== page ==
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We'll always have...hats.

We'll always have...hats.


Humphrey Bogart, Ingrid Bergman, Paul Henreid

Yvonne: Where were you last night?
Rick: That’s so long ago, I don’t remember.
Yvonne: Will I see you tonight?
Rick: I never make plans that far ahead.

During World War II, Europeans are fleeing from the invading Germans and many of them end up in Casablanca, hoping to get exit visas that will allow them to travel to America.  Rick Blaine (Bogart) runs a club there.  He obtains two transit letters that could get two people safe passage to the U.S.  When his old flame, Ilsa (Bergman) shows up with her husband, Victor Laszlo (Henreid), Rick has to decide whether he wants to help them or help himself.

I probably don’t have to say much about this movie, seeing as it’s considered as one of the – if not THE – greatest movies of all time.  I can see how it could gain that title, as it is well written, witty, and romantic.  Though, I thought it could have benefitted from a little more pretty scenery.  The majority of the film is in Rick’s cafe, which makes the film seem a little small and closed in.  That’s a minor complaint though.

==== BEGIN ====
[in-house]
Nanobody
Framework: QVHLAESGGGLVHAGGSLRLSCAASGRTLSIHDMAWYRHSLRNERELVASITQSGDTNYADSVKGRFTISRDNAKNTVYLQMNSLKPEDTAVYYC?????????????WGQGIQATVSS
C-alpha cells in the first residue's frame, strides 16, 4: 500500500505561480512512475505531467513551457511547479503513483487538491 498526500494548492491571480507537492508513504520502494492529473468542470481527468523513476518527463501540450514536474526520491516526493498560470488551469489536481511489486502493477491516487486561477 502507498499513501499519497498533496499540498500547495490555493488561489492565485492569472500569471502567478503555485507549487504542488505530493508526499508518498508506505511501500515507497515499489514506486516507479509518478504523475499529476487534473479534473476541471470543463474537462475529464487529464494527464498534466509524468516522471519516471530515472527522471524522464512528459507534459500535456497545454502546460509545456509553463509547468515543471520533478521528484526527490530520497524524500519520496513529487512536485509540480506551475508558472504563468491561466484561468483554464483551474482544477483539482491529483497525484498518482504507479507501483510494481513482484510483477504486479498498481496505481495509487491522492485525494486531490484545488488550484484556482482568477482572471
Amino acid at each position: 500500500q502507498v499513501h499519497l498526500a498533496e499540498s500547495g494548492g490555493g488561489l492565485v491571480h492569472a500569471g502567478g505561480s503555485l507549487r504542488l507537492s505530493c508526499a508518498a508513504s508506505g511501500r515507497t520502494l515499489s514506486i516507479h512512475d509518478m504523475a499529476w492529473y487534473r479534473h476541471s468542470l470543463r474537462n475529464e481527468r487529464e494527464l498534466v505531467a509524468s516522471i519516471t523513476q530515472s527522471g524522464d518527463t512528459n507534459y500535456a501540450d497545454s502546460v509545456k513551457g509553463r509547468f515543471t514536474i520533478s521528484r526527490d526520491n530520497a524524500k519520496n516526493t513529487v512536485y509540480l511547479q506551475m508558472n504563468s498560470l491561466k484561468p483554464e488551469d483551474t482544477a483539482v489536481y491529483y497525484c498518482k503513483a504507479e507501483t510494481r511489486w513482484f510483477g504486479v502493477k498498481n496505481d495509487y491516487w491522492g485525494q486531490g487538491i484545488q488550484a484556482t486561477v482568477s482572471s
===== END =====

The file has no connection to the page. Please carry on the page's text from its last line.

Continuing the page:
I was pleased that it very rarely lapsed into good ol’ Hollywood over-acting, though when it did, it was usually Bergman.  For the most part, it had a more real feel to the dialogue than I was expecting.

The whole story with the transit papers and who would get to use them was a little bit on the dull side, but that’s really just there to propel the romance, as well as the bigger story about whether Rick will choose to be self-serving or noble.

Overall, while I wouldn’t place this movie at the top of my all time favorite’s list, it’s certainly very good, and I understand why so many people love it.

10 – .6 for those dramatic overacting moments – 1.3 for the plot being a little too dull to want to follow – .2 for those cheesy special effects (I know, it was 1942, but still) = 7.9